That’s why it was such a relief when he learned that another Catholic high school would be opening up this year in St. Elizabeth’s place, in the same location, just a couple blocks from his home. The new school, Cristo Rey De La Salle East Bay High School, which will open this fall in Oakland’s Fruitvale neighborhood, aims to make a private Catholic school education affordable for low-income families like Chaidez’s. It was a blessing to have him accepted to the school, said his mother, Monica Franco-Chaidez, “because we don’t want him falling into the wrong path.”
“I feel like it is a place to help us get us out of trouble,” Jeremiah said about his new school. “I feel like it is going to take us to a greater path.”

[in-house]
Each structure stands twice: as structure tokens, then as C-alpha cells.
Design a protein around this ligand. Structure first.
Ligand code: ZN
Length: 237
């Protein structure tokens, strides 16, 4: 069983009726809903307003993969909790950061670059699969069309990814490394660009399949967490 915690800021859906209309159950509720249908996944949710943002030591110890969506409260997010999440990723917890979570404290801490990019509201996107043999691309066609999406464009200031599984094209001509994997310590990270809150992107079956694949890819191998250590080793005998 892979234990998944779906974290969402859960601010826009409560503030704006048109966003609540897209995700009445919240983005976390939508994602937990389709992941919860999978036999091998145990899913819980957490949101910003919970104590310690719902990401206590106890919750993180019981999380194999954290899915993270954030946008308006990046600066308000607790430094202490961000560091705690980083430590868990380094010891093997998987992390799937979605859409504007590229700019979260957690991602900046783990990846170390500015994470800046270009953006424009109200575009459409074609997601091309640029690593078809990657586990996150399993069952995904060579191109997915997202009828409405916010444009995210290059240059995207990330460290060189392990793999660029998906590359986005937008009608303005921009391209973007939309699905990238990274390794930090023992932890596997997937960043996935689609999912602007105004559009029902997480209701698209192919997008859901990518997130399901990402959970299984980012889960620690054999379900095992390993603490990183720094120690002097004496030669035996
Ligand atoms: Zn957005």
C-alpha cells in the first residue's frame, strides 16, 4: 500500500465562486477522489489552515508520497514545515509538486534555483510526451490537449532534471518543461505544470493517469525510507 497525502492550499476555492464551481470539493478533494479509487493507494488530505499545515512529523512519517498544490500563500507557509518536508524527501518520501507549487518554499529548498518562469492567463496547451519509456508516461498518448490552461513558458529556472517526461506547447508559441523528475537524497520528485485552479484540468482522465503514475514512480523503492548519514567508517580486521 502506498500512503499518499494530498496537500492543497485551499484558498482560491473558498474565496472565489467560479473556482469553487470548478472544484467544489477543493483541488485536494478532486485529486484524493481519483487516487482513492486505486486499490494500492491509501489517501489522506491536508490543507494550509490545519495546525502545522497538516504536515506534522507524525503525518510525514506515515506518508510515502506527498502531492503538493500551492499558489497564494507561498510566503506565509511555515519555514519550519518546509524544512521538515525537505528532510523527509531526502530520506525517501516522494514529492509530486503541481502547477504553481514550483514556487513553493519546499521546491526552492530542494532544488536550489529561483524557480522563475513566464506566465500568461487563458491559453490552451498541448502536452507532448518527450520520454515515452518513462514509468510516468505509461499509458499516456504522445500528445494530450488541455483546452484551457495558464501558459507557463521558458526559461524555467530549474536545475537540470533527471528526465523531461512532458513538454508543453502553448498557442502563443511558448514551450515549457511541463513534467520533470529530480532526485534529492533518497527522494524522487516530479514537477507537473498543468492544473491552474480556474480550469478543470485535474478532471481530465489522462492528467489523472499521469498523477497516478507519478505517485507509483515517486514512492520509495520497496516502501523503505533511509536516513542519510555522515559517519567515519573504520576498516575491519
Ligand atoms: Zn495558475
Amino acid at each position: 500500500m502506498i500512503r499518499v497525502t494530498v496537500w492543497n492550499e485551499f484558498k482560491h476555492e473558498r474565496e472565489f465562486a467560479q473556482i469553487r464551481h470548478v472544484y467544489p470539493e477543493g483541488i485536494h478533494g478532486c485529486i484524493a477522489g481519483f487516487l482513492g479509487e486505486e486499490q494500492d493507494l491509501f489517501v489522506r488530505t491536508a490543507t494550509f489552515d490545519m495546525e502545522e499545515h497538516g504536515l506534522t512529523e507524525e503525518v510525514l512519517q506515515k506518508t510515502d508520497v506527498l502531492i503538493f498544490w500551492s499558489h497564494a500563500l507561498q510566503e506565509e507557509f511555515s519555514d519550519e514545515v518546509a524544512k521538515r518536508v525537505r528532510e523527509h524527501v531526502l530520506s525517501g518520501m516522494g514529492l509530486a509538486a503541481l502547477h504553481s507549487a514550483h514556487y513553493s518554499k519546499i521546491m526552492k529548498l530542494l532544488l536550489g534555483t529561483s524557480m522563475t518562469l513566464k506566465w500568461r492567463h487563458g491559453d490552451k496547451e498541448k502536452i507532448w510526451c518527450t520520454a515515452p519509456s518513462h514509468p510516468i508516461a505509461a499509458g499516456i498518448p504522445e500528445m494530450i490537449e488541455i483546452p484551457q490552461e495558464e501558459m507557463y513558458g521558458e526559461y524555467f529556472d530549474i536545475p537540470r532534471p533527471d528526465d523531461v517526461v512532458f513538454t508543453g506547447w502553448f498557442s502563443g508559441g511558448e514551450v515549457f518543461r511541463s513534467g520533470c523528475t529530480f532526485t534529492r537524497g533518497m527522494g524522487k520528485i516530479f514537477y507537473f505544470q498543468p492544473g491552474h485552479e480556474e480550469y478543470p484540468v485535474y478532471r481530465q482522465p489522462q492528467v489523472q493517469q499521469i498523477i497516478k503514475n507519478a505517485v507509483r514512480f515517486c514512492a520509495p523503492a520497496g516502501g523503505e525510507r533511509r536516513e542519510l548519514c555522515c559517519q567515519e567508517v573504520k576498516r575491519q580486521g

A member of the Cristo Rey Network, the largest network of urban high schools in the country enrolling only low-income youth, the school is one of about 35 schools nationwide, including those in San Francisco and San Jose, that use a unique business model in which students participate in a corporate work-study program to help pay for part of their tuition. The full cost of a high-quality private Catholic education in the East Bay is about $18,000 a year, its founders say. But the school’s families pay tuition on a sliding scale depending on their income, anywhere between $250 and $2,500 per year (which can be paid in monthly installments), with the average being about $1,000. The rest of the tuition is covered by the students through the work-study program and by scholarships from donors.